Hull said the law, which allows a person to impound animals running rampant on his property, dates back to the 1940s. Once the animals are secured, the impounder must serve notice to their owners — Hull said he’s served multiple legal notices to McCleery and Hirtle in recent weeks — and can charge a fee for their release. In the case of cows, the fee ranges from $3 to $10 a day.
So Hirtle stocked up on fencing supplies at West Lebanon Feed and Supply, built a corral and lured the cows with grain. He began tallying a $3 per day per cow impounding fee, plus expenses for the fencing, feed and legal fees.
That was Sept. 24, several days after the runaway foursome got loose. The cows have been there since.
“Everybody was shushing them from one yard to the other but nobody was doing anything, including the town,” Hirtle said in a brief phone interview Wednesday.
Hirtle declined further comment, citing pending legal proceedings. He referred further questions to his lawyer, Vanessa Brown, who did not respond to requests for comment.
Lawrence Parmenter, the neighbor who has kept the ledger of cow complaints, said the bovines are a well-known neighborhood nuisance. He had records of McCleery’s cows traveling to neighbor’s houses a mile away.
“It’s a pain in the (butt),” he said.
Neighbor Gary Caron keeps his own cattle and said he’s grown accustomed to McCleery’s cows breaking into his pastures. One time, he said, that notorious 3,000-pound bull knocked Caron’s four-wheeler off the road, while he was driving it.
“I got a little uptight about that,” he said.
Caron said he was glad Hirtle took the steps to impound the animals because “it needed to happen ... definitely.
“Generally there was a time, every spring and every fall, they would start showing up because they wouldn’t have any feed,” Caron said. “I don’t know how many hours I’ve spent fixing fence that they’ve broke because they would come up and break the fence and get in with my cows, because my cows have feed.”
Bob Parsons, an extension agricultural economist with the UVM Extension, said he “very, very, very seldom” hears about impounding cases involving individuals. The adage that comes to mind, he said, is “good fences make good neighbors.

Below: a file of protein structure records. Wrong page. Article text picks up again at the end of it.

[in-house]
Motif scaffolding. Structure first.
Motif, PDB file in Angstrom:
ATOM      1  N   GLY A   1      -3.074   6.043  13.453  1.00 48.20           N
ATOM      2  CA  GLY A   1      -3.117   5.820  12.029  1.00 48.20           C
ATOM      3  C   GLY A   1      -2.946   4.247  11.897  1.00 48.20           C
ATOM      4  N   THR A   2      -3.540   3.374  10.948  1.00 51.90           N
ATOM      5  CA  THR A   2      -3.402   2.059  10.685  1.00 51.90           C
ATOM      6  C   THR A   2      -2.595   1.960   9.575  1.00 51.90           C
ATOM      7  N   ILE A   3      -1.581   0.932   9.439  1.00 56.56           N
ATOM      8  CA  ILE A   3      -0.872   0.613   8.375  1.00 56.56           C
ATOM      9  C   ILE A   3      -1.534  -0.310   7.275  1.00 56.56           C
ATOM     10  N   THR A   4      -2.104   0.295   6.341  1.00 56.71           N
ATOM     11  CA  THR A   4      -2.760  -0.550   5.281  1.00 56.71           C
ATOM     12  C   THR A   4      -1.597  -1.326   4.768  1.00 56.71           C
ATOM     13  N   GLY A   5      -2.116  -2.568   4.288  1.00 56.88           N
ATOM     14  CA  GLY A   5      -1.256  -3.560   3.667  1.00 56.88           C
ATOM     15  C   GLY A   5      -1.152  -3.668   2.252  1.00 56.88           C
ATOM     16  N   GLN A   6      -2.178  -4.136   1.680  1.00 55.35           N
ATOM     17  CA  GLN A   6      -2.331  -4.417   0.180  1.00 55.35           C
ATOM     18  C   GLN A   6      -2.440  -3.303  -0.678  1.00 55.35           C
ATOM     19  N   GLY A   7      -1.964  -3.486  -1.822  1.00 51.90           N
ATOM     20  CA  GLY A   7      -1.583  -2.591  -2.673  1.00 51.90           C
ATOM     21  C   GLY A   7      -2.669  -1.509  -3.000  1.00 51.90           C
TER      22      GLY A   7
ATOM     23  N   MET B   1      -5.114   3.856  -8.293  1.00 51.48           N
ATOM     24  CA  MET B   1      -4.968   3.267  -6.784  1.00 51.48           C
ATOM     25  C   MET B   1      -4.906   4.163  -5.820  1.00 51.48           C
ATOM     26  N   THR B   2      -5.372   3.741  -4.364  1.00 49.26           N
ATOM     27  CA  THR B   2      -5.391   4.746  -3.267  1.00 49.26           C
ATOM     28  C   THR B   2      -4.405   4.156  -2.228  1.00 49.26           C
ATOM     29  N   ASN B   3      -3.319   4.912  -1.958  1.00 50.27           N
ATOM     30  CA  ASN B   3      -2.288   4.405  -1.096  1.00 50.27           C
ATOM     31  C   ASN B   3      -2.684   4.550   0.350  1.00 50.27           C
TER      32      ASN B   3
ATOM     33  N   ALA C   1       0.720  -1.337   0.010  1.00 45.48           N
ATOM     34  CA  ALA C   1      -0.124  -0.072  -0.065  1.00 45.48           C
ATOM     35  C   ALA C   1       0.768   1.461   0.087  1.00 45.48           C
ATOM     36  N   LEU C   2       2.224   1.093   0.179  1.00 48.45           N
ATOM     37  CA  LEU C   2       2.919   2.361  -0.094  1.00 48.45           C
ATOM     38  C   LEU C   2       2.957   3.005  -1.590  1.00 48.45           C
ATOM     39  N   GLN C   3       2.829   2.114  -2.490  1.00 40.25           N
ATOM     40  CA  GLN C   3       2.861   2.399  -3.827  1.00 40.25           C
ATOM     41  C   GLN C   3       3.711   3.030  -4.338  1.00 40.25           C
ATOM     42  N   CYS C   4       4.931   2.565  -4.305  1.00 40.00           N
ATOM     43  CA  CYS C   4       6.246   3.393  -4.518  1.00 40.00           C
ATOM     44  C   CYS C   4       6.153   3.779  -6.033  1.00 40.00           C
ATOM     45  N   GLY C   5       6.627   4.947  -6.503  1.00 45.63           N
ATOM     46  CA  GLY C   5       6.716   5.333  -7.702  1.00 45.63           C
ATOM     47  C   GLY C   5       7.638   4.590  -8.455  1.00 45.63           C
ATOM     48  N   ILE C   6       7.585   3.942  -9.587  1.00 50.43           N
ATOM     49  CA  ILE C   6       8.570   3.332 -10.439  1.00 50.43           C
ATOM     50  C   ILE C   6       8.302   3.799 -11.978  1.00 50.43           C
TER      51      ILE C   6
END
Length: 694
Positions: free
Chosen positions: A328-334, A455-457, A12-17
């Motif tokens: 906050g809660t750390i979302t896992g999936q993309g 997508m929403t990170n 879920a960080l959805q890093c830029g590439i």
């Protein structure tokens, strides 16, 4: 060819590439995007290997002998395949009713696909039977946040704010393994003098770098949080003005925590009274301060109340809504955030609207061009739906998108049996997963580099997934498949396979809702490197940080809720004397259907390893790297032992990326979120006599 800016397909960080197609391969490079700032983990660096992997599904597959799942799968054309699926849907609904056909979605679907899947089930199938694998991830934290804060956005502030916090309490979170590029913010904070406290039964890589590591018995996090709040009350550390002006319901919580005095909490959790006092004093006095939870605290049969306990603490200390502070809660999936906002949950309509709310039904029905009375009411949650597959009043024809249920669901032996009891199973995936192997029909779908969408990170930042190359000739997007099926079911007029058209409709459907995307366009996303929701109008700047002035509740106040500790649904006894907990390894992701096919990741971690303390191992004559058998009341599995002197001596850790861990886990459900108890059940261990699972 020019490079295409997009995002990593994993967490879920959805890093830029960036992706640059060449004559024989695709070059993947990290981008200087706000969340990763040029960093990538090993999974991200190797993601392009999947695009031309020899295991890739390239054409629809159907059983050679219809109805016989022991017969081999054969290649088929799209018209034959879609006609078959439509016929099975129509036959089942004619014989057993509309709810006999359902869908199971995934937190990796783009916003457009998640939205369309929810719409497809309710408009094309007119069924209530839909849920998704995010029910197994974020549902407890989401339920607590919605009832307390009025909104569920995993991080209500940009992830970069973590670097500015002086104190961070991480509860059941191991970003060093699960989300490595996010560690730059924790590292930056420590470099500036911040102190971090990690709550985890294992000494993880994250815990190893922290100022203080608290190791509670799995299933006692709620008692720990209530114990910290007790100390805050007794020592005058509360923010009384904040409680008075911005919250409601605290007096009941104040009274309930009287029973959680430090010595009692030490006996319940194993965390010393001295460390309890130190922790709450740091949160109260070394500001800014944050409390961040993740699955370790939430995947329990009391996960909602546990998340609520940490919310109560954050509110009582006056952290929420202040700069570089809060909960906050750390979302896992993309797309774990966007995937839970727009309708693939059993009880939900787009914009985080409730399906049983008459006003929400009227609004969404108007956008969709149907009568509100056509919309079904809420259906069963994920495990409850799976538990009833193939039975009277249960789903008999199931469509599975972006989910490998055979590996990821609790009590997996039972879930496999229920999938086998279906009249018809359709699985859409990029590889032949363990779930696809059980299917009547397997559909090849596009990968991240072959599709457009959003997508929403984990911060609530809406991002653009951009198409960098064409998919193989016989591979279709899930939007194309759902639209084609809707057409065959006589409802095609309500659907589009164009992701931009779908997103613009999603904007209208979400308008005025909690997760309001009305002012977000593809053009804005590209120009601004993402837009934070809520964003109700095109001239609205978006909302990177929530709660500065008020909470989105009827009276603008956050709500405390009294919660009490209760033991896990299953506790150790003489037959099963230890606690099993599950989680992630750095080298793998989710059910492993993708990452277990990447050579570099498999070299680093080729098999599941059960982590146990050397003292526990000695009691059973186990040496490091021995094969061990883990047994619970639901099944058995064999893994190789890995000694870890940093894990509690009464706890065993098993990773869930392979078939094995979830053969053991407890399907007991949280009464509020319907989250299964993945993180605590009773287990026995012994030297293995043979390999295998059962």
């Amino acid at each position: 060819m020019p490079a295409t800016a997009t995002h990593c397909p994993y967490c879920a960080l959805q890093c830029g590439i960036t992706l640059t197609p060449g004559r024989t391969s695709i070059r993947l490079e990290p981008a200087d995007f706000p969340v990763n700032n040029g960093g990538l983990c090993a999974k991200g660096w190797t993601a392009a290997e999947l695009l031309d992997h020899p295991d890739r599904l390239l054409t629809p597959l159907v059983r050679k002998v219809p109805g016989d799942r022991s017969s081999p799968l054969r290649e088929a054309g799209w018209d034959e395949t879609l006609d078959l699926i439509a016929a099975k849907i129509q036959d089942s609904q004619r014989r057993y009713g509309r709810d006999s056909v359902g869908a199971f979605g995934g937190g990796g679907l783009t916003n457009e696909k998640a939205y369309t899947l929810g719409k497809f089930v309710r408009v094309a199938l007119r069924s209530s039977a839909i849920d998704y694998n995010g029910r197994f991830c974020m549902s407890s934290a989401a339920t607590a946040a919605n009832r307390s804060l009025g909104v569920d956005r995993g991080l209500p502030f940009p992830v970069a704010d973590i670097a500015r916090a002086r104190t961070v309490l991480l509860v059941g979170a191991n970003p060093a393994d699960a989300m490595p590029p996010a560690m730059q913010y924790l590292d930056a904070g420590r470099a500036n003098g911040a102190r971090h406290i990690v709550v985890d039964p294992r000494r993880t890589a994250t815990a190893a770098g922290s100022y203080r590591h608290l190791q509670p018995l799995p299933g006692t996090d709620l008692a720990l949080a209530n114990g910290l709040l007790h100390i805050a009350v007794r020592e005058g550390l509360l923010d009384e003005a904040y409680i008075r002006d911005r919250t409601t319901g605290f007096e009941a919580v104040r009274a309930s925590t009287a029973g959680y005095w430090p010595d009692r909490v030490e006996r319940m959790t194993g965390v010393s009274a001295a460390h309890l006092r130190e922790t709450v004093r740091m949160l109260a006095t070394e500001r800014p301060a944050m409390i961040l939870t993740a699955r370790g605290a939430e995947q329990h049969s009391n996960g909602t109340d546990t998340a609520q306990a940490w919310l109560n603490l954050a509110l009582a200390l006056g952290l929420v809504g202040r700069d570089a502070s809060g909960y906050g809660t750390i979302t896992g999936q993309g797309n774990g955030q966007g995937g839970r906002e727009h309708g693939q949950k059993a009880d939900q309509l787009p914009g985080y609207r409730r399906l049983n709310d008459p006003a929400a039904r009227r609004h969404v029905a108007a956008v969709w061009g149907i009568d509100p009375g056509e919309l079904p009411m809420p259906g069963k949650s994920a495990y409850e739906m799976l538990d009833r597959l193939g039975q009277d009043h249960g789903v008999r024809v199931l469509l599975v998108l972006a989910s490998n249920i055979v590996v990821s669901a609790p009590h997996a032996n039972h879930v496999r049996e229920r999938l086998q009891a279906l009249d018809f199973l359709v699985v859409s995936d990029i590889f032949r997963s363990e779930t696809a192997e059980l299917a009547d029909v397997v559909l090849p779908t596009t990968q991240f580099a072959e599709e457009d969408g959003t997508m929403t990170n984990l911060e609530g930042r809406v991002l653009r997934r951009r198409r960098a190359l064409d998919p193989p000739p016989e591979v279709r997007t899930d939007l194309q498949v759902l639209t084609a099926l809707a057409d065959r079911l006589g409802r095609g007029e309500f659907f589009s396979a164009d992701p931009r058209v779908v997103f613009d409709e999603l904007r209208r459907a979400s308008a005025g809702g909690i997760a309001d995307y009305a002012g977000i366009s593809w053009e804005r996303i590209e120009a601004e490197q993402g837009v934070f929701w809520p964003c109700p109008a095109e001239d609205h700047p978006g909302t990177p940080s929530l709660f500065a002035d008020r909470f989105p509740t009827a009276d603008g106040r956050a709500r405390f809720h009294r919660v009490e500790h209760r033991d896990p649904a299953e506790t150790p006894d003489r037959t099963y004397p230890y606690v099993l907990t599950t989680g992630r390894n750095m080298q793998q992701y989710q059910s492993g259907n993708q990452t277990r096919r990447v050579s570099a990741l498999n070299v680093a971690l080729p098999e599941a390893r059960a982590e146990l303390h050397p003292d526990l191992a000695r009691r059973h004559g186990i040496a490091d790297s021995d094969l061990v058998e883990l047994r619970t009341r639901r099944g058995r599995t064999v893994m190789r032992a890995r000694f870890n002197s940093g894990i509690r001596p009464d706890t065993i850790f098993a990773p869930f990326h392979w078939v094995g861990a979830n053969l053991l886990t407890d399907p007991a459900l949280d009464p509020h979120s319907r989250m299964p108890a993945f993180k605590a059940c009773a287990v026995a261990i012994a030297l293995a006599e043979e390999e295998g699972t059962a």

“If you’re going to be keeping livestock, you have an obligation to keep those livestock in,” he said, noting that fences should be routinely patrolled to identify problems.
The men’s homes are perched opposite each other, with Happy Hollow Road running between them in the valley below. On Thursday, McCleery was out on his tractor, splitting wood on the hill above his home, while Hirtle was out blowing leaves. The four black cows grazed in their pen on Hirtle’s property.
McCleery paused from wood-splitting and peered across the valley.
“I can see them, but I can’t touch them,” he said with a laugh.
In an earlier interview, McCleery expressed displeasure that the town had pointed Hirtle toward the impounding law, which he said needs updating to clarify what qualifies as “expenses.” He said he already paid $1,000 to Hirtle through a farm insurance company, and he felt like that should be enough. He said Hirtle later sought an additional $2,000 to cover costs incurred in the past two months.
Plus, McCleery said, he wished his neighbors had responded differently since he was in he process of selling off the herd.
“I was trying to do the right thing here. Instead of my neighbors helping me, they were trying to hinder me,” he said.
McCleery and Hirtle have since negotiated the fees down to $1,100, McCleery said. He still thinks that’s too much, but he said on Thursday that he’s planning to sign to that agreement to get it all over with.
If all goes well, a truck will arrive at Hirtle’s place today, pick up the animals and take them to another farm, just not McCleery’s.
Maggie Cassidy can be reached at firstname.lastname@example.org or 603-727-3220.
A Royalton resident impounded his neighbors four escaped cows on Sept. 24. An earlier version of this article gave an incorrect date.